Thank you to each and every supply teacher that took part in our ‘tantalise teachweb with your supply teacher travel tales’ competition. It was a tough decision, however we have finally managed to pick a winner.

We are delighted to announce that prize money of £200 will soon be on its way to Nirvasha Jithoo.

And without further ado, here is Nirvasha’s winning entry:

A supply teacher’s summer Holiday in Cape Town

supply teaching travel tales

“My summer holiday was in beautiful Cape Town, South Africa with my family.

As we landed at Cape Town International Airport, the wintery gale winds were in full force accompanied by the pelting rain.

However, this was not a distraction for us to come to Cape Town. As we drove into the city, I was delighted to see the iconic Table Mountain which was covered in a thick cloud and a glowing rainbow which lit up across the sky.

Wild waves hit the rocks at Sea Point and Camps Bay treacherously while the trees swayed vigorously. The coastal drive towards Hout Bay was very scenic. We dined at a lovely restaurant called ‘The Taj’ in Hout Bay.

The next day the weather turned out to be bright, sunny and welcoming. We went on a boat ride to ‘Seal Island’ and to our delight these playful Cape Fur Seals were very happy to see us. They rolled lazily on the rocks, snorting and groaning.

The boat came past the majestic Kabonkelberg mountain range. The spectacular road trip along Chapman’s Peak with the sea below and high mountainous cliffs was truly a spine-tingling experience.

The next day we set off in the early morning to Hermanus. The road journey along Gordan’s Bay into ‘Betty’s Bay’ was breathtaking with the rugged mountain capturing the landscape magnificently along the coast. It was a delight to see the Southern Right Whales as they clustered by the cliff path below the rocks. These gentle giants played with each other and even showed off by breaching spontaneously to every watcher’s amazement.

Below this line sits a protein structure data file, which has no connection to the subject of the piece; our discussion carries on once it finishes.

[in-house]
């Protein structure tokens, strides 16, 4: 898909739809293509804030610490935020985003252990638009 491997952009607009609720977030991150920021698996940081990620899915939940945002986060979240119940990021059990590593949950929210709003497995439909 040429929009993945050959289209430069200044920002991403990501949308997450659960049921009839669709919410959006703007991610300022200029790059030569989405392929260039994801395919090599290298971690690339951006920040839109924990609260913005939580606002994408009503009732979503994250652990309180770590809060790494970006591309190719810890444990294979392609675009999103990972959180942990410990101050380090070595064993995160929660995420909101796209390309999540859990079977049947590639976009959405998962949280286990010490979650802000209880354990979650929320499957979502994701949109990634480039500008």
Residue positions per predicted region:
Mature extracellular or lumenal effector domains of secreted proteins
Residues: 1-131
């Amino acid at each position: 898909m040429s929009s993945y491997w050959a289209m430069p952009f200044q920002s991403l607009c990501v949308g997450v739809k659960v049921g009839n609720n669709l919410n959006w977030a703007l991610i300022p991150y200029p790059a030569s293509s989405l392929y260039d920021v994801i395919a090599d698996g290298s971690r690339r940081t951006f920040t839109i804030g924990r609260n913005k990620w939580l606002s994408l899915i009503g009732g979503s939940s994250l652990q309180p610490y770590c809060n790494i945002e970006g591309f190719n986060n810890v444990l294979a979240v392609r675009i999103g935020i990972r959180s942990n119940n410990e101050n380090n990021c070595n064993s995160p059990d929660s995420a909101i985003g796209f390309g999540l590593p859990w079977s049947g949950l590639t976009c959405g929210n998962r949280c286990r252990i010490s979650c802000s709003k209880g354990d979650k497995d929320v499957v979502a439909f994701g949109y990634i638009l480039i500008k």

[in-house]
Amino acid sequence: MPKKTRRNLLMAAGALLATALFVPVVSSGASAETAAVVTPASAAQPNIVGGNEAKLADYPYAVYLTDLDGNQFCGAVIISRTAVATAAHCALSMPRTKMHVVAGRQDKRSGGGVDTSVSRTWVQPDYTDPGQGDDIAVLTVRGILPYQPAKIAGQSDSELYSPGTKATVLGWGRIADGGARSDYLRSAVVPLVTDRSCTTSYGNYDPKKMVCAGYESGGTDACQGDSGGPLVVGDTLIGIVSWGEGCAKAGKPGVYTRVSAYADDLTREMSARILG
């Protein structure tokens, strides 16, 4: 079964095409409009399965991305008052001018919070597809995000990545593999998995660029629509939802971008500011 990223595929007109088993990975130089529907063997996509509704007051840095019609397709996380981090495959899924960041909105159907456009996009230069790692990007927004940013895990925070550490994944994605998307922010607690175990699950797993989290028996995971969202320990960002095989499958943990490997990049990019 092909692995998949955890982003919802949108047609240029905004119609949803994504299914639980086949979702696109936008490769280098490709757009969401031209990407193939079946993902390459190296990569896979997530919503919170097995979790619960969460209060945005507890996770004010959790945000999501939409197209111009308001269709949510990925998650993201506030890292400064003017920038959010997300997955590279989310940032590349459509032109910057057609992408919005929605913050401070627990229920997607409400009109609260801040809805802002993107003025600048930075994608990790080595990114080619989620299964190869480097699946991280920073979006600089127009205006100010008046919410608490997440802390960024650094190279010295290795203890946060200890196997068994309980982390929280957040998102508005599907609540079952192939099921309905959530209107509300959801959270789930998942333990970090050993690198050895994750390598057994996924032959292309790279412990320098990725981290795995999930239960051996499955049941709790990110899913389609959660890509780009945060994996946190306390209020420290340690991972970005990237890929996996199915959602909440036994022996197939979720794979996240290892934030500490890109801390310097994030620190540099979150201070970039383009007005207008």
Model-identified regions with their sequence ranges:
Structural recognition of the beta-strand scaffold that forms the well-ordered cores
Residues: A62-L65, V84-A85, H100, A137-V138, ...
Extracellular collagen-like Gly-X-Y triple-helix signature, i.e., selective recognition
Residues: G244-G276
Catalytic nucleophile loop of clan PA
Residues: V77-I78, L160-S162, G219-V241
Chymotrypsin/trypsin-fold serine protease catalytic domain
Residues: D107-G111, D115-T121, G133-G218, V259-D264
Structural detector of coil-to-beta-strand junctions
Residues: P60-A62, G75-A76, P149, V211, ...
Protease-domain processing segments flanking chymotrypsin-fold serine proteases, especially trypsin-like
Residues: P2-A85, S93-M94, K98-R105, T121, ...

Upon our departure from Hermanus, we visited the university town of Stellenbosch. We got the opportunity to visit a wine farm and had a taste of the different awarding winning wines. The town was adorned by impressive Dutch, Georgian and Victorian architecture. Shopping at the local mall was a major pass time for the locals, also there were many places to have a cup of coffee and locally made scones.

We also included a separate day trip to the Western Cape coastal towns of Langebaan and Saldhana. I was really curious to see Langebaan which is a special ‘Afrikaner’ dominated town, most of all, it is well known to embrace the first inhabitant, the Khoikhoi and San of the Western Cape Province.

It was a tranquil place with restaurants and holiday resorts, away from the hustle and bustle of Cape Town. The white sand beaches along the Langebaan Lagoon were refreshing. We were able to notice that the town offered numerous opportunities for water sport such as sailing, kayaking and kitesurfing. I enjoyed the thrill of sailing along the lagoon with my brother.

Not very far off, was Saldahna Bay, a natural harbour which is one of the major fishing ports and also a port to export ore from South Africa. The glowing sun on the bay was stunning making it look like a crystal clear glass.

This town peaked my interest on how close and friendly the local people were. They seemed to be content with their daily routines away from the pressures of the big cities in South Africa. The Hoedjieskoppie Nature Reserve in Saldhana was on a hill, the beautiful views and traditional fishermen’s cottages was a picturesque site to see.

As we departed Saldhana Bay, we travelled to Cape Town to spend the late afternoon at Cape Point. The route was immaculate with miles of beaches stretching all the way. In Simonstown, we stopped to buy gorgeous African souvenirs.